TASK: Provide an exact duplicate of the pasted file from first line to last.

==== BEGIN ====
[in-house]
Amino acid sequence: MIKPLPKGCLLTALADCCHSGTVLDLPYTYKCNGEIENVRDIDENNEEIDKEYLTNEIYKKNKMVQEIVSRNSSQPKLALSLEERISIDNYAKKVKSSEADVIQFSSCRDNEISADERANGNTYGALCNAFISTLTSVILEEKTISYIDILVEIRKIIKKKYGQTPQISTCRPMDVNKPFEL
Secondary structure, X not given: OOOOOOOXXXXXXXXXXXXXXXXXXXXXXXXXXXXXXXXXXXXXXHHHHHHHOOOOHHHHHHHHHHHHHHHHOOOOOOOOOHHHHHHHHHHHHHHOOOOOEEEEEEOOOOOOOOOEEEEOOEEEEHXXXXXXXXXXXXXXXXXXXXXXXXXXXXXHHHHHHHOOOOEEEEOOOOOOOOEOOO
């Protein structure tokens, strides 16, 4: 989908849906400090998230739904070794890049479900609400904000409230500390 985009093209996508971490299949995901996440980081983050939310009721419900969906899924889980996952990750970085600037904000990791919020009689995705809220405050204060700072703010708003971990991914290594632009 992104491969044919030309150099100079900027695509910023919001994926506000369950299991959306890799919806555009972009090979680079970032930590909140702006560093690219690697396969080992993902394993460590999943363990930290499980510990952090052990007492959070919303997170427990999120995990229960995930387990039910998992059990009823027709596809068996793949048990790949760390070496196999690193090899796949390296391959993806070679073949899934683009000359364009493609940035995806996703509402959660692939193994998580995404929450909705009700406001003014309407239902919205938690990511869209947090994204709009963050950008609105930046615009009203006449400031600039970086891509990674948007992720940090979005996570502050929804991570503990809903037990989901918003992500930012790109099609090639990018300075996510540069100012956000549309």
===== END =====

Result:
[in-house]
Amino acid sequence: MIKPLPKGCLLTALADCCHSGTVLDLPYTYKCNGEIENVRDIDENNEEIDKEYLTNEIYKKNKMVQEIVSRNSSQPKLALSLEERISIDNYAKKVKSSEADVIQFSSCRDNEISADERANGNTYGALCNAFISTLTSVILEEKTISYIDILVEIRKIIKKKYGQTPQISTCRPMDVNKPFEL
Secondary structure, X not given: OOOOOOOXXXXXXXXXXXXXXXXXXXXXXXXXXXXXXXXXXXXXXHHHHHHHOOOOHHHHHHHHHHHHHHHHOOOOOOOOOHHHHHHHHHHHHHHOOOOOEEEEEEOOOOOOOOOEEEEOOEEEEHXXXXXXXXXXXXXXXXXXXXXXXXXXXXXHHHHHHHOOOOEEEEOOOOOOOOEOOO
């Protein structure tokens, strides 16, 4: 989908849906400090998230739904070794890049479900609400904000409230500390 985009093209996508971490299949995901996440980081983050939310009721419900969906899924889980996952990750970085600037904000990791919020009689995705809220405050204060700072703010708003971990991914290594632009 992104491969044919030309150099100079900027695509910023919001994926506000369950299991959306890799919806555009972009090979680079970032930590909140702006560093690219690697396969080992993902394993460590999943363990930290499980510990952090052990007492959070919303997170427990999120995990229960995930387990039910998992059990009823027709596809068996793949048990790949760390070496196999690193090899796949390296391959993806070679073949899934683009000359364009493609940035995806996703509402959660692939193994998580995404929450909705009700406001003014309407239902919205938690990511869209947090994204709009963050950008609105930046615009009203006449400031600039970086891509990674948007992720940090979005996570502050929804991570503990809903037990989901918003992500930012790109099609090639990018300075996510540069100012956000549309």